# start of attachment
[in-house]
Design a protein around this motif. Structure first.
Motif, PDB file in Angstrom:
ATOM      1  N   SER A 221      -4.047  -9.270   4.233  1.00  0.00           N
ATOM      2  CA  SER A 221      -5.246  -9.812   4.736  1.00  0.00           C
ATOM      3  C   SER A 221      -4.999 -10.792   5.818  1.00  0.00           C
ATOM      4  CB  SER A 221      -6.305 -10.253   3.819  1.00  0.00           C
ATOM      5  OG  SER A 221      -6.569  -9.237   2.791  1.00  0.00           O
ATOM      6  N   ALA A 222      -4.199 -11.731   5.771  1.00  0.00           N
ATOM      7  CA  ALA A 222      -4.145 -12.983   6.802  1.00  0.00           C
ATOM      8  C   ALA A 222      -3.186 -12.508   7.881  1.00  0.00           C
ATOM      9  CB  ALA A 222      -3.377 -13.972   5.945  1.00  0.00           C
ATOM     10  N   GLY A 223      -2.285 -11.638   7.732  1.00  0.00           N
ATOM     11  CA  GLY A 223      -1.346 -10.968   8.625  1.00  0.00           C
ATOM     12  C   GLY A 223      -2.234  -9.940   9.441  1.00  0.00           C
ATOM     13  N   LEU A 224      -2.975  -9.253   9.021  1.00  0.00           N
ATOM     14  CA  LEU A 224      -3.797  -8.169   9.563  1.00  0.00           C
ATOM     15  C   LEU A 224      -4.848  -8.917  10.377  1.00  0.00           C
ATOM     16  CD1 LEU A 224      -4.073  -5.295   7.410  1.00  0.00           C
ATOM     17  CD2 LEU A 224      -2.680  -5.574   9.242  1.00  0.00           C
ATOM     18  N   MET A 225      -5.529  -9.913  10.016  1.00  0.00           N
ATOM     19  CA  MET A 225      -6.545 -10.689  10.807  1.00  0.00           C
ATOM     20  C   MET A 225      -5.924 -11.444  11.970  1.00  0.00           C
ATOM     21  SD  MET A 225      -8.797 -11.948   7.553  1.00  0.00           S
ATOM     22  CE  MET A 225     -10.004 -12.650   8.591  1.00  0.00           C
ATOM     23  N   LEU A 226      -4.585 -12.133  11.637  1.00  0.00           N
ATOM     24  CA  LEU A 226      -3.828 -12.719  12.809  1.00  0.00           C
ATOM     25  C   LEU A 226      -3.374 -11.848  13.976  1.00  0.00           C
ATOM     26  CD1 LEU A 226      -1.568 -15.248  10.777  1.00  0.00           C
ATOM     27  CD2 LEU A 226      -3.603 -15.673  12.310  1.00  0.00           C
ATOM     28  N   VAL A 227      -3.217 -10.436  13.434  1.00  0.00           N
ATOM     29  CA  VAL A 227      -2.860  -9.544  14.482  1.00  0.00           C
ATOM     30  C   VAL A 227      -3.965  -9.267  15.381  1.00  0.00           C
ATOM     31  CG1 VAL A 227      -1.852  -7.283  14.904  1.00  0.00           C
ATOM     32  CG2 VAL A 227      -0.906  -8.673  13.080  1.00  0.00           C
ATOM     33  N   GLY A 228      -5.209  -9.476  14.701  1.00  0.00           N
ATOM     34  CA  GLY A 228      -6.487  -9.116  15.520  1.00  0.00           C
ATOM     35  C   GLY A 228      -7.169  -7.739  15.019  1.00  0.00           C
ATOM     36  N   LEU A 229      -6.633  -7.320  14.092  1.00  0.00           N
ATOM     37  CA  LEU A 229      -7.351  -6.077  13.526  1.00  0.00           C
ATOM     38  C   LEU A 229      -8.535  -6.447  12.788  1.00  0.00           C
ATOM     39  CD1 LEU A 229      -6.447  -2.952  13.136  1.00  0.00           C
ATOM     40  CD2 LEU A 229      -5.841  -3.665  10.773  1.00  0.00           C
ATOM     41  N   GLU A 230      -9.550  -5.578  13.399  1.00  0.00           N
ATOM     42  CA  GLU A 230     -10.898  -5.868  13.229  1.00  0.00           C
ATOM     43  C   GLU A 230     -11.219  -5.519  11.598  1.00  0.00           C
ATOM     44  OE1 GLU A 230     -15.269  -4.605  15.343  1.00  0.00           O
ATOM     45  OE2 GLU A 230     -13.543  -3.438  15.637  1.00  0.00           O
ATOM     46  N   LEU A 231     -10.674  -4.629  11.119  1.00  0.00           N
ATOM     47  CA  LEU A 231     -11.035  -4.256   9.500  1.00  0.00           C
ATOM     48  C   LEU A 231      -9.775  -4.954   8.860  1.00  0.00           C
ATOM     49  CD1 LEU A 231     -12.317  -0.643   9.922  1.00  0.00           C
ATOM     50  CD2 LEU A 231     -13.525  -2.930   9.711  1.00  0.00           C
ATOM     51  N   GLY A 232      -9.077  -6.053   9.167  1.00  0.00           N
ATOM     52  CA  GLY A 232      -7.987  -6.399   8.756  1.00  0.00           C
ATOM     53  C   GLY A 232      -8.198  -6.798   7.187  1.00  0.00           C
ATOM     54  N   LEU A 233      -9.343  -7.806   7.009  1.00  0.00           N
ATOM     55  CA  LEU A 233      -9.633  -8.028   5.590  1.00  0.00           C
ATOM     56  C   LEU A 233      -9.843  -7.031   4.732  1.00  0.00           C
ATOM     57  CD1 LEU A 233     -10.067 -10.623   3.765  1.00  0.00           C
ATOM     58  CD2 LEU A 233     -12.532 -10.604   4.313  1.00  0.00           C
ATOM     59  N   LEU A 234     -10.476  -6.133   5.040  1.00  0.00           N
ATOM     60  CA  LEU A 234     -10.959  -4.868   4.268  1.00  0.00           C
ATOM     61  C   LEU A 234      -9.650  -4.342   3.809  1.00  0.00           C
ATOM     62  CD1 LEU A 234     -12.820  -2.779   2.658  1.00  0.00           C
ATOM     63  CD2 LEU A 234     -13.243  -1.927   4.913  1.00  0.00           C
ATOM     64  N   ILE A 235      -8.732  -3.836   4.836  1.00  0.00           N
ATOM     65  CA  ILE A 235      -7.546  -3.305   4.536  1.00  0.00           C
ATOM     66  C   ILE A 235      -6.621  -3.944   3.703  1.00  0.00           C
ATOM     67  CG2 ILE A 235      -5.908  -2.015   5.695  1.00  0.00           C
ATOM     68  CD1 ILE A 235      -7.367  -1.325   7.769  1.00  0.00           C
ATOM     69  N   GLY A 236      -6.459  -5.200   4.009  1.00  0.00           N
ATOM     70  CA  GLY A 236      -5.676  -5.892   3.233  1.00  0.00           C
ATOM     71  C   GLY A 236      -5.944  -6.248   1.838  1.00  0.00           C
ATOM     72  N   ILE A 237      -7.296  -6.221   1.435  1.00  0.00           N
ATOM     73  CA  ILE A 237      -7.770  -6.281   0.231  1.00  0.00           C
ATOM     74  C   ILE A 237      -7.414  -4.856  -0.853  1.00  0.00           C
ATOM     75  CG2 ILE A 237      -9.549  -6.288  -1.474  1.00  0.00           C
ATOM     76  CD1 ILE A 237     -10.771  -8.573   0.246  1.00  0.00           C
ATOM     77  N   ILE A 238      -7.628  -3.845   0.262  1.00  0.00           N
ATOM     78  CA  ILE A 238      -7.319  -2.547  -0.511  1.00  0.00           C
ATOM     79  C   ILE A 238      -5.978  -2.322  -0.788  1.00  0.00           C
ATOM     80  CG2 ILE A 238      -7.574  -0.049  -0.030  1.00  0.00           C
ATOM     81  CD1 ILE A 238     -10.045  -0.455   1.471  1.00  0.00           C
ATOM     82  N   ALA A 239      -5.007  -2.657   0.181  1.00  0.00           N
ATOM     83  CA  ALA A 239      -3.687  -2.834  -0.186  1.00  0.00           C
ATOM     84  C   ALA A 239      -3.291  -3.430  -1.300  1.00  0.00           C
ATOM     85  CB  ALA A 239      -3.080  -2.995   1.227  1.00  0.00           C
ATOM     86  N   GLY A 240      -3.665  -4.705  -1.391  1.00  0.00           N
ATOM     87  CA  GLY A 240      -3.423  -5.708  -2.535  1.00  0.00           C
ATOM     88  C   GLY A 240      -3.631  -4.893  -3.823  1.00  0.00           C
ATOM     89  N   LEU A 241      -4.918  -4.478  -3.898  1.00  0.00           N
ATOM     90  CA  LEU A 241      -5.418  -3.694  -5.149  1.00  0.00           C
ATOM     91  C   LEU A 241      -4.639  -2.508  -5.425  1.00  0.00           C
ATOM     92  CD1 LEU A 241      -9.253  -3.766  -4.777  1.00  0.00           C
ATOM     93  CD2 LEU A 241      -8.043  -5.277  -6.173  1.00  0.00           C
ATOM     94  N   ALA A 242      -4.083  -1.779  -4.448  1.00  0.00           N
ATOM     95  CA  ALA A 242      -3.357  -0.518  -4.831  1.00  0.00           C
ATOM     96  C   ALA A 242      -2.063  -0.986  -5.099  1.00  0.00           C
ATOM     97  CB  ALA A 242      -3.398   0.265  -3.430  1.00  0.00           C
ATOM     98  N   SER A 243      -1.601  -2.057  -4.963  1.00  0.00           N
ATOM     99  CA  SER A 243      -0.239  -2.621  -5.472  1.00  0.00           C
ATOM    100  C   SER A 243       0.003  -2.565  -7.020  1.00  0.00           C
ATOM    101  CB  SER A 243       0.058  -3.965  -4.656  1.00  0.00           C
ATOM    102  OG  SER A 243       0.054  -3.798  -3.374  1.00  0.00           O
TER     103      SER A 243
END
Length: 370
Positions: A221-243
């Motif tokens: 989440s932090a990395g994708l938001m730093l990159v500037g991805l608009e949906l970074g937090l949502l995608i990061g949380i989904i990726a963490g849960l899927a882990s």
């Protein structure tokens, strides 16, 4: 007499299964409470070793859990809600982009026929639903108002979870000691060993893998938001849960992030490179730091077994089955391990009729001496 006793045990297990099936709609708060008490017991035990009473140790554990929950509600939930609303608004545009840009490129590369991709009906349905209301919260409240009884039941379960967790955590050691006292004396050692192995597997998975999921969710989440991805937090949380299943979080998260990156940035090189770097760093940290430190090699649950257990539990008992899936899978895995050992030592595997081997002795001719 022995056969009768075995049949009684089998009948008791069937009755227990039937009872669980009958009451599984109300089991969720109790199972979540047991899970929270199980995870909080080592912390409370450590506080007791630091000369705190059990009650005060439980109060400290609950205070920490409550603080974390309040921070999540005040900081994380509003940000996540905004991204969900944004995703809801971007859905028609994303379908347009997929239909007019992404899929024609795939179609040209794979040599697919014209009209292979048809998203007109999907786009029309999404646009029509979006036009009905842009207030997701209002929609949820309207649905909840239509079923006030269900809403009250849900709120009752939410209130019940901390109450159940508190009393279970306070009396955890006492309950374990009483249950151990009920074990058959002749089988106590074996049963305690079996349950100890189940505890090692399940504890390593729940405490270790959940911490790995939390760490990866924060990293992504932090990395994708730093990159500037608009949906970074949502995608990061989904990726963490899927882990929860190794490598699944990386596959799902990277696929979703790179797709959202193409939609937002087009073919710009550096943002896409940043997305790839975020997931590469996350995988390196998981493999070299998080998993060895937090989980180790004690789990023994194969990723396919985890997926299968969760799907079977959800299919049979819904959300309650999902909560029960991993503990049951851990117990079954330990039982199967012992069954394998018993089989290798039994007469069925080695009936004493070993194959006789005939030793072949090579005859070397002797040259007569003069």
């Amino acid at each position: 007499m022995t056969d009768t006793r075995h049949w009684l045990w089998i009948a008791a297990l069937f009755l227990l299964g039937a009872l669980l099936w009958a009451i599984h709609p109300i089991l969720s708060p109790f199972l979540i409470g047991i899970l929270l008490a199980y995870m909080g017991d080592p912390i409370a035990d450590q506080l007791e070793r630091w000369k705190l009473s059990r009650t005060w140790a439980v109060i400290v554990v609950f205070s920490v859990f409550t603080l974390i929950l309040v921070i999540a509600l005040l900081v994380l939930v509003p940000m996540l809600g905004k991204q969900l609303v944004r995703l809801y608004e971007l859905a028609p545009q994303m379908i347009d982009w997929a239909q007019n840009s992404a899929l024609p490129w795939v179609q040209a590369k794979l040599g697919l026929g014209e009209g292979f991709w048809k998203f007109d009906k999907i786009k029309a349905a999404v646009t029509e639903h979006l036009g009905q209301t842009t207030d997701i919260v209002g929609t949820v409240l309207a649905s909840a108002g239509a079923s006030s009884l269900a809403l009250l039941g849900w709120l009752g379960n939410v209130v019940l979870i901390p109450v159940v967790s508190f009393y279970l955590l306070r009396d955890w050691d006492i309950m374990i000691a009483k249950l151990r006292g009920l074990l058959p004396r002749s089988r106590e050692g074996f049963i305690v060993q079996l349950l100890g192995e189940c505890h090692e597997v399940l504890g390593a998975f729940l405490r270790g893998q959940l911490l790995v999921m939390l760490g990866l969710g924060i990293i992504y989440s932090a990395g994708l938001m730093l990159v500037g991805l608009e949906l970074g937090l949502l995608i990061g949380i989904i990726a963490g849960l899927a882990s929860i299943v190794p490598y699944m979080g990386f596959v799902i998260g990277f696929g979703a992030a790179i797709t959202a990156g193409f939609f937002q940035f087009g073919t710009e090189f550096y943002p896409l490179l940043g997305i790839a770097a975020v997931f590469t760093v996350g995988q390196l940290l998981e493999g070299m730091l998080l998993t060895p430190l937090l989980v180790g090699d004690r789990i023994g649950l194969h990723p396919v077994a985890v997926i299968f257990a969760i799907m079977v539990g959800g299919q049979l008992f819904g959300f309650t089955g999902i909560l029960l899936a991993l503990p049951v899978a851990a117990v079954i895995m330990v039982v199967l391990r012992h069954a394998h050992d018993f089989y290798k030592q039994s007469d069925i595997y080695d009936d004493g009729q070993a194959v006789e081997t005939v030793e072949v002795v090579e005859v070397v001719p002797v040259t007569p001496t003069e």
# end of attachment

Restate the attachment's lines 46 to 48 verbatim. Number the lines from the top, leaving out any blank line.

ATOM     43  C   GLU A 230     -11.219  -5.519  11.598  1.00  0.00           C
ATOM     44  OE1 GLU A 230     -15.269  -4.605  15.343  1.00  0.00           O
ATOM     45  OE2 GLU A 230     -13.543  -3.438  15.637  1.00  0.00           O